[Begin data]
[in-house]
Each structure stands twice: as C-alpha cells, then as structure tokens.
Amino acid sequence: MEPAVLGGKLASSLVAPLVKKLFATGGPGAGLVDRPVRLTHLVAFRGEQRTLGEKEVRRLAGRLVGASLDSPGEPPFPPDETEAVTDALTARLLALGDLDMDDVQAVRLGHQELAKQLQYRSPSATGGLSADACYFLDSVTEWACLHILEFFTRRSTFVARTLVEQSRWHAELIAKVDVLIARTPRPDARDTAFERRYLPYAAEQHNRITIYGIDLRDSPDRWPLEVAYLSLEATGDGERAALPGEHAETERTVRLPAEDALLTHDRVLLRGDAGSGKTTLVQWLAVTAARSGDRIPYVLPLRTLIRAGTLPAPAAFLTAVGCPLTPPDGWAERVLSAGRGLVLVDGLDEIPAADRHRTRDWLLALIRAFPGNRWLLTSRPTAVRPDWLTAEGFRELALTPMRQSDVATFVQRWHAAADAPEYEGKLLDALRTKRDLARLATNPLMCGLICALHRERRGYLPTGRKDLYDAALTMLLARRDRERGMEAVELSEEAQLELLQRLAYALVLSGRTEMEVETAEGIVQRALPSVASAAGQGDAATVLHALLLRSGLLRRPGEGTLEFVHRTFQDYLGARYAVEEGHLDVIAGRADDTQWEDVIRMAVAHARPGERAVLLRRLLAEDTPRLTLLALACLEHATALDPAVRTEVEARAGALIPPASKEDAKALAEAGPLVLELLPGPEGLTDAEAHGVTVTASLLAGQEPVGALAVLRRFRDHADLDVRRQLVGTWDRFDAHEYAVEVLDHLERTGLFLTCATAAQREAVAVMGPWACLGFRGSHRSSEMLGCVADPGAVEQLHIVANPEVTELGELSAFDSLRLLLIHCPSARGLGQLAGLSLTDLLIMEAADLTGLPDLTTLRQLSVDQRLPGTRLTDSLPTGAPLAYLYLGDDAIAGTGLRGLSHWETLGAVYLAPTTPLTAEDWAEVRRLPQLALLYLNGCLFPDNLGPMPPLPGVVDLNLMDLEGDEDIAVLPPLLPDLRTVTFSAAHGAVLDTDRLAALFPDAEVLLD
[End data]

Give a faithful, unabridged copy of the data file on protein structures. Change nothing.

[in-house]
Each structure stands twice: as C-alpha cells, then as structure tokens.
Amino acid sequence: MEPAVLGGKLASSLVAPLVKKLFATGGPGAGLVDRPVRLTHLVAFRGEQRTLGEKEVRRLAGRLVGASLDSPGEPPFPPDETEAVTDALTARLLALGDLDMDDVQAVRLGHQELAKQLQYRSPSATGGLSADACYFLDSVTEWACLHILEFFTRRSTFVARTLVEQSRWHAELIAKVDVLIARTPRPDARDTAFERRYLPYAAEQHNRITIYGIDLRDSPDRWPLEVAYLSLEATGDGERAALPGEHAETERTVRLPAEDALLTHDRVLLRGDAGSGKTTLVQWLAVTAARSGDRIPYVLPLRTLIRAGTLPAPAAFLTAVGCPLTPPDGWAERVLSAGRGLVLVDGLDEIPAADRHRTRDWLLALIRAFPGNRWLLTSRPTAVRPDWLTAEGFRELALTPMRQSDVATFVQRWHAAADAPEYEGKLLDALRTKRDLARLATNPLMCGLICALHRERRGYLPTGRKDLYDAALTMLLARRDRERGMEAVELSEEAQLELLQRLAYALVLSGRTEMEVETAEGIVQRALPSVASAAGQGDAATVLHALLLRSGLLRRPGEGTLEFVHRTFQDYLGARYAVEEGHLDVIAGRADDTQWEDVIRMAVAHARPGERAVLLRRLLAEDTPRLTLLALACLEHATALDPAVRTEVEARAGALIPPASKEDAKALAEAGPLVLELLPGPEGLTDAEAHGVTVTASLLAGQEPVGALAVLRRFRDHADLDVRRQLVGTWDRFDAHEYAVEVLDHLERTGLFLTCATAAQREAVAVMGPWACLGFRGSHRSSEMLGCVADPGAVEQLHIVANPEVTELGELSAFDSLRLLLIHCPSARGLGQLAGLSLTDLLIMEAADLTGLPDLTTLRQLSVDQRLPGTRLTDSLPTGAPLAYLYLGDDAIAGTGLRGLSHWETLGAVYLAPTTPLTAEDWAEVRRLPQLALLYLNGCLFPDNLGPMPPLPGVVDLNLMDLEGDEDIAVLPPLLPDLRTVTFSAAHGAVLDTDRLAALFPDAEVLLD